Disclosure: This post may contain affiliate links. I earn a small commission of product sales to keep this website going.
Photos updated 19 January 2013 (added underwater photos).
Steve Connett and Barbara Crouchley were in for a nice surprise yesterday when they received an email informing them that a sea turtle they had captured and tagged in the Bahamas showed up alive and well in Venezuela.
Sea Turtle Research
This is their retirement, to research sea turtles. They take a boat throughout Bahamian waters and capture, tag, and document turtles for the Archie Carr Center for Sea Turtle Research at the University of Florida.
In addition to supporting the mission of UF, they involve the local youth to “inspire the next generation of Bahamian citizens to meet the challenges of preserving the marine and terrestrial environments.”
Since the kids were in school today, it was my turn to accompany Steve and Barbara on their speedboat and try my hand at capturing a turtle. It was one of those unexpected opportunities – you don’t get on a boat to sail around the Americas saying “I’m going to capture a sea turtle for research”. You just find yourself in the right place at the right time to participate in something like that.
Turtles of Cat Island
Our first stop was at the bonefish flats between Fernandez Bay and Old Bight, on Cat Island. Barbara stood on the bow of the boat and immediately pointed to the water twenty yards away, shouting “spot!” Steve maneuvered the boat in whichever direction Barbara would point, chasing the quick shadow under the water. Those turtles can move fast!
Eventually they have to come up for air, and after short while begin to tire. In shallow water, Barbara can stand on the bow with a net and keep the boat close to the turtle. When it comes up for air, she can net it. That’s how we caught the first turtle, which already had tags.
Next moving a few miles up the coast to Smith Bay, we were near a rocky coast which quickly went into deeper water. It was time for me to jump in! But first we had to give this turtle some exercise so my slow ass could have a chance. After it came up for air twice, it started to slow down and I slipped into the water right above it – but it wasn’t ready to give up! I swam after that turtle for near thirty minutes, occasionally losing ground and grabbing onto the boat for a tow into a better position.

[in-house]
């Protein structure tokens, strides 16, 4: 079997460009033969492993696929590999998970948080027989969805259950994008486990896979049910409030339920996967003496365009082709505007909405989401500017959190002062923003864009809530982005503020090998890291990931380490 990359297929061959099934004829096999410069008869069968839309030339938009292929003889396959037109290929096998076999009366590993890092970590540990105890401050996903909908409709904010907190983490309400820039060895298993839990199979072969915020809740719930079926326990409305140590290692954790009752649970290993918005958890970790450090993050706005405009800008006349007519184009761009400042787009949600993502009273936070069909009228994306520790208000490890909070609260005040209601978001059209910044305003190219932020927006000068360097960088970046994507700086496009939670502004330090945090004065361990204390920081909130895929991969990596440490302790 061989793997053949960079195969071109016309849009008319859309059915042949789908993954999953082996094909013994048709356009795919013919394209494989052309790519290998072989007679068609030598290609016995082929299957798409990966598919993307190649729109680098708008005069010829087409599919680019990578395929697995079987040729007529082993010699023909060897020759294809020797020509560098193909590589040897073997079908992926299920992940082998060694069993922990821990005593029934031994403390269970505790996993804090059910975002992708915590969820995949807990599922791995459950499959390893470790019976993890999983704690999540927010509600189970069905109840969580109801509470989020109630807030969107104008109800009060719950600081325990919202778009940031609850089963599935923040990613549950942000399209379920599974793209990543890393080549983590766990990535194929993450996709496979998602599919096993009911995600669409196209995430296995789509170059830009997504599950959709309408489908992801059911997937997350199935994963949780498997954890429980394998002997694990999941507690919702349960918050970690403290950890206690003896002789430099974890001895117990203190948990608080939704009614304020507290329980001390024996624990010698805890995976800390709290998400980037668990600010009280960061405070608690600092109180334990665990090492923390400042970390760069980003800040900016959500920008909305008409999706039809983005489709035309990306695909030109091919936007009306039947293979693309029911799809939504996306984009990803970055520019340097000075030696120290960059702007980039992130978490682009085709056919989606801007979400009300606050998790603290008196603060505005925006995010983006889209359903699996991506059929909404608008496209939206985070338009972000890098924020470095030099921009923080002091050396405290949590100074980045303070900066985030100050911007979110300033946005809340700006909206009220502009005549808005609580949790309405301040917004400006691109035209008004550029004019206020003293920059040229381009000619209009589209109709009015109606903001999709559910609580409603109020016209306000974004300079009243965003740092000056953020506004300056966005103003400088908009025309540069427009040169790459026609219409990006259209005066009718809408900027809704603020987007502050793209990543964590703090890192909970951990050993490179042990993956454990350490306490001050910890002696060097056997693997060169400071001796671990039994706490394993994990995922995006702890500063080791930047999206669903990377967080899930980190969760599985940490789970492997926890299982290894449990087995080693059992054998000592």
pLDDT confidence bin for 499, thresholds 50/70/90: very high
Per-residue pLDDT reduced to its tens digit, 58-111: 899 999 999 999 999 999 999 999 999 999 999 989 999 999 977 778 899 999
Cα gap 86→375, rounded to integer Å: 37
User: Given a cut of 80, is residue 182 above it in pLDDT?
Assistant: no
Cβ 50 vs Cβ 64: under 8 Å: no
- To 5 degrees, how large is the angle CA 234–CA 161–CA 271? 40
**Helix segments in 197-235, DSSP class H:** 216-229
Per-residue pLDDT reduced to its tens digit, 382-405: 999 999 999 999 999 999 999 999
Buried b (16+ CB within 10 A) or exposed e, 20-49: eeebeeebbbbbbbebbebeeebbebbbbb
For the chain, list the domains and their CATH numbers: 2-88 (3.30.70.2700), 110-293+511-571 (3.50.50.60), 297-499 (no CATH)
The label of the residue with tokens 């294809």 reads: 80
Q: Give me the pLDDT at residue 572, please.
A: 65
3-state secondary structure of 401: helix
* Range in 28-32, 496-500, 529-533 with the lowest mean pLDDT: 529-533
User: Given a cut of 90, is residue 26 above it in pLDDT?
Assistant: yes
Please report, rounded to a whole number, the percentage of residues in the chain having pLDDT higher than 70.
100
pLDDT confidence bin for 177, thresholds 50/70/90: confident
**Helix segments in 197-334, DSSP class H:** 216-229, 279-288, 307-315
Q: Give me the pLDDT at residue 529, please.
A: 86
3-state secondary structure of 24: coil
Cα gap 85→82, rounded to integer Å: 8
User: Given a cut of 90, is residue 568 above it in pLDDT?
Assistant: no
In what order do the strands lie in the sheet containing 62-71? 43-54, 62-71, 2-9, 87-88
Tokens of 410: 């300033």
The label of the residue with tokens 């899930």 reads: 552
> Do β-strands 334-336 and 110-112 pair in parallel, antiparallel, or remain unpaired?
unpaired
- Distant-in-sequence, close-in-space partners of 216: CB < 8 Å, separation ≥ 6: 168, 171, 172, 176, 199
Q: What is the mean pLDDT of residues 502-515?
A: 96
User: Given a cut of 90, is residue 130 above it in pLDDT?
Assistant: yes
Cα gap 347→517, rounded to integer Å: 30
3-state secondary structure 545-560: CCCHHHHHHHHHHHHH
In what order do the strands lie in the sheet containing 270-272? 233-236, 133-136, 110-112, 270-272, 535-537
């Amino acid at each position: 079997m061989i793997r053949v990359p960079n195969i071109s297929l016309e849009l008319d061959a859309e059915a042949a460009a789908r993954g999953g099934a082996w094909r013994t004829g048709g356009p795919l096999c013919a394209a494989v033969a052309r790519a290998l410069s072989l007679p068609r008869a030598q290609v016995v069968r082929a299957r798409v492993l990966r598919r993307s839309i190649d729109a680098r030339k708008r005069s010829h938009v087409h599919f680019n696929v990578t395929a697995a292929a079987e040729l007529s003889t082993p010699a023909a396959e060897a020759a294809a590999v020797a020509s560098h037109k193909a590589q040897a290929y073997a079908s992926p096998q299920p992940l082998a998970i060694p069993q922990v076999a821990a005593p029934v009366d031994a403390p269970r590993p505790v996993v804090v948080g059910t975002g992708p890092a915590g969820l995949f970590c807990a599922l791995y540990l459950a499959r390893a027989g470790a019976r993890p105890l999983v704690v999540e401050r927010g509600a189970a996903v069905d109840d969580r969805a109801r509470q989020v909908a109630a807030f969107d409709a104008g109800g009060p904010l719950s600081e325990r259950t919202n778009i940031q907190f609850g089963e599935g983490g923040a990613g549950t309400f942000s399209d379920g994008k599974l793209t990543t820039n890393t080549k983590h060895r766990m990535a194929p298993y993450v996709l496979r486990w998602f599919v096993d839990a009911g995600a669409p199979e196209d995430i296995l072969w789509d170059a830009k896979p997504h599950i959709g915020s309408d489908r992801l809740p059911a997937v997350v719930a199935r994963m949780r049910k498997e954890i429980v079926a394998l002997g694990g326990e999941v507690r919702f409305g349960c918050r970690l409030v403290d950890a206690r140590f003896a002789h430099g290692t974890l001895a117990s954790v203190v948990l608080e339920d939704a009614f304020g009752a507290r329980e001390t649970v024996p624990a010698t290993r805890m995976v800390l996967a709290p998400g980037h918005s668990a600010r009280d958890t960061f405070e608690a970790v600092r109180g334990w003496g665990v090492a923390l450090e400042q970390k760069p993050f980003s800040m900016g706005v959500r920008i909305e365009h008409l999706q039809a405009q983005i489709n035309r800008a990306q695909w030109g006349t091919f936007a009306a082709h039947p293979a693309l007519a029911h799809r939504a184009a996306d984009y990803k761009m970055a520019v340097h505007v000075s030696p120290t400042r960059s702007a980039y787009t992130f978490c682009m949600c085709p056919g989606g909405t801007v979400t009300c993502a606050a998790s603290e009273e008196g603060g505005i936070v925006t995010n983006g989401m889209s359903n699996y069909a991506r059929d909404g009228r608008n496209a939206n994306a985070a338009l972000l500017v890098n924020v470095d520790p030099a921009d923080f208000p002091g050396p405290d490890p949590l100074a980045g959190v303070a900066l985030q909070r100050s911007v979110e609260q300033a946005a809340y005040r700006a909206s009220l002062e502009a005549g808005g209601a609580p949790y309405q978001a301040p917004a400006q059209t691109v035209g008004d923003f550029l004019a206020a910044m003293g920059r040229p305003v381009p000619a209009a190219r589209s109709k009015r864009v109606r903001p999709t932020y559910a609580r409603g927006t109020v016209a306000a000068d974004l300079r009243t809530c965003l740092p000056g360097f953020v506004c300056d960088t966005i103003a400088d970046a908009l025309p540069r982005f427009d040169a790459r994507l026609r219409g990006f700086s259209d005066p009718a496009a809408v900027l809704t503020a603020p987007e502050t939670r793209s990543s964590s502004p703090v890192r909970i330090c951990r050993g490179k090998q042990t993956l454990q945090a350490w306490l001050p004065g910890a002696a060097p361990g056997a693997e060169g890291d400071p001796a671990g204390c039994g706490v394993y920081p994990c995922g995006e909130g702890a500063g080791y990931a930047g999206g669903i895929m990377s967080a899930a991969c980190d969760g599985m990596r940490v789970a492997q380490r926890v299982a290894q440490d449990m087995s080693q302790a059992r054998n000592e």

My quads were on fire and I was ready to call Uncle, but the turtle beat me to it. I moved into a position about eight feet above and in front of it. The turtle slowly came up for air, and it either didn’t see me or just didn’t care that I was there. It glided right into my chest and I grabbed its “armpits” and brought its head above the water. I was hoping it’d help me swim back to the boat, but it left me hanging and I had to do all the work on my own swimming back to Barbara who helped haul it onto the boat.
It was an incredible experience, swimming above this beautiful turtle, mesmerized by the colors and pattern of its shell, and being allowed to take hold of it. It didn’t have any tags or signs that it had ever been tagged. I crawled back onto the boat and let Steve capture our next, third and final turtle of the day, another turtle that didn’t have any tags.
We brought the turtles back to Fernandez Bay, where a small resort and rental cottages sit on the beach. Usually there are a few children around, looking for something fun to do while their parents are on vacation. Steve and Barbara use this opportunity to teach children about sea turtles. It’s one thing to see a turtle swimming under your kayak while you’re paddling a creek, but to see one up close gives children a greater appreciation and understanding of the creatures. They’ll forever look at them not as “just another animal”, but as tangible beings with personalities, unique migration patterns, lifestyles and markings.
Today there were no children, but a bystander on the beach did help hold one turtle while Steve took its biometric data. Measurements are taken, tags are applied where there are none, and biodegradable ribbons are tied to their fins so that they know to leave those turtles alone next time they go out in search of new turtles. We then returned the turtles to the exact spots they were captured.
Adopted my Turtle!
Since the turtle I caught, weighing in at 18 kilos (40 pounds), had never been tagged before I had the honor of naming it. I say “it” because this turtle hasn’t reached the age of sexual activity and therefor its sex couldn’t be determined. I named this turtle Saoirse after my boat, and I hope the turtle turns out to be a She, otherwise all the other turtles will make fun of him for having a girl’s name.
Whenever this turtle is caught from here on out, its data will be sent to the Archie Carr center, and Steve & Barbara will email me with the turtle’s present location and size. It’s like one of those “adopt a whale” programs but having caught this turtle on my own will make it more significant to me.
Tagging these turtles and the data collected allows researchers to learn about their migration patterns, breeding habits, quality of sea turtle habitat, and even how their shell changes to blend in with their new surroundings. A turtle will always return to the beach it was born when it’s ready to reproduce. That’s pretty damn amazing when you think about how many thousands of miles these turtles travel, in surroundings that to us look the same underwater.